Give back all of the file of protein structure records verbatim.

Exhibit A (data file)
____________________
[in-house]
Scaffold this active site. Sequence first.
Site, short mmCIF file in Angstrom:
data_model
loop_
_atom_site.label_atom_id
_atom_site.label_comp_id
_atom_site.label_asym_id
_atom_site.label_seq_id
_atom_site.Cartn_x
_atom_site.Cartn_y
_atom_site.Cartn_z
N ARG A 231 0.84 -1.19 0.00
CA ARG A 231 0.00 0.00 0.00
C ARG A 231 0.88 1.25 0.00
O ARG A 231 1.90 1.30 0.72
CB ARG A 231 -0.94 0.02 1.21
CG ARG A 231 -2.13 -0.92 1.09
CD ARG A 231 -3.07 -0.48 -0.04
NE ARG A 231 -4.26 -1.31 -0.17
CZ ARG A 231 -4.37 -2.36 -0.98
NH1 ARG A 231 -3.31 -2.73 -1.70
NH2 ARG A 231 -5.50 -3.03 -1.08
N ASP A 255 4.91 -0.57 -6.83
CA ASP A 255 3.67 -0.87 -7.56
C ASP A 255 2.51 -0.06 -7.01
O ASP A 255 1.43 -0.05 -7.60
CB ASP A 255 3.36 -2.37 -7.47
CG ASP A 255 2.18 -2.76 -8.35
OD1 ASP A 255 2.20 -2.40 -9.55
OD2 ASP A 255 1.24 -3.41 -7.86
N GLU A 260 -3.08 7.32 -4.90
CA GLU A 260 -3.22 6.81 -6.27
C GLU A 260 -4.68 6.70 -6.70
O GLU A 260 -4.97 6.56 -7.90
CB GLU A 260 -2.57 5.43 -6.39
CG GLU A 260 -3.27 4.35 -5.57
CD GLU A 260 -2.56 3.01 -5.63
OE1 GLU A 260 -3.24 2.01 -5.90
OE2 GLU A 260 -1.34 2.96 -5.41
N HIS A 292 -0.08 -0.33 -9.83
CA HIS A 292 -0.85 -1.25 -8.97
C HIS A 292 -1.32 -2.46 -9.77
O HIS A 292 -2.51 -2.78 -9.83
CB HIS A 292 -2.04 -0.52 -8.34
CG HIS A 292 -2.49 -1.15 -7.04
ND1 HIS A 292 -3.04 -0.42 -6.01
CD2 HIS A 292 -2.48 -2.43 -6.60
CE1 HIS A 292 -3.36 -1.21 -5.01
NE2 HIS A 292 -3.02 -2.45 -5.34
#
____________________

[in-house]
Scaffold this active site. Sequence first.
Site, short mmCIF file in Angstrom:
data_model
loop_
_atom_site.label_atom_id
_atom_site.label_comp_id
_atom_site.label_asym_id
_atom_site.label_seq_id
_atom_site.Cartn_x
_atom_site.Cartn_y
_atom_site.Cartn_z
N ARG A 231 0.84 -1.19 0.00
CA ARG A 231 0.00 0.00 0.00
C ARG A 231 0.88 1.25 0.00
O ARG A 231 1.90 1.30 0.72
CB ARG A 231 -0.94 0.02 1.21
CG ARG A 231 -2.13 -0.92 1.09
CD ARG A 231 -3.07 -0.48 -0.04
NE ARG A 231 -4.26 -1.31 -0.17
CZ ARG A 231 -4.37 -2.36 -0.98
NH1 ARG A 231 -3.31 -2.73 -1.70
NH2 ARG A 231 -5.50 -3.03 -1.08
N ASP A 255 4.91 -0.57 -6.83
CA ASP A 255 3.67 -0.87 -7.56
C ASP A 255 2.51 -0.06 -7.01
O ASP A 255 1.43 -0.05 -7.60
CB ASP A 255 3.36 -2.37 -7.47
CG ASP A 255 2.18 -2.76 -8.35
OD1 ASP A 255 2.20 -2.40 -9.55
OD2 ASP A 255 1.24 -3.41 -7.86
N GLU A 260 -3.08 7.32 -4.90
CA GLU A 260 -3.22 6.81 -6.27
C GLU A 260 -4.68 6.70 -6.70
O GLU A 260 -4.97 6.56 -7.90
CB GLU A 260 -2.57 5.43 -6.39
CG GLU A 260 -3.27 4.35 -5.57
CD GLU A 260 -2.56 3.01 -5.63
OE1 GLU A 260 -3.24 2.01 -5.90
OE2 GLU A 260 -1.34 2.96 -5.41
N HIS A 292 -0.08 -0.33 -9.83
CA HIS A 292 -0.85 -1.25 -8.97
C HIS A 292 -1.32 -2.46 -9.77
O HIS A 292 -2.51 -2.78 -9.83
CB HIS A 292 -2.04 -0.52 -8.34
CG HIS A 292 -2.49 -1.15 -7.04
ND1 HIS A 292 -3.04 -0.42 -6.01
CD2 HIS A 292 -2.48 -2.43 -6.60
CE1 HIS A 292 -3.36 -1.21 -5.01
NE2 HIS A 292 -3.02 -2.45 -5.34
#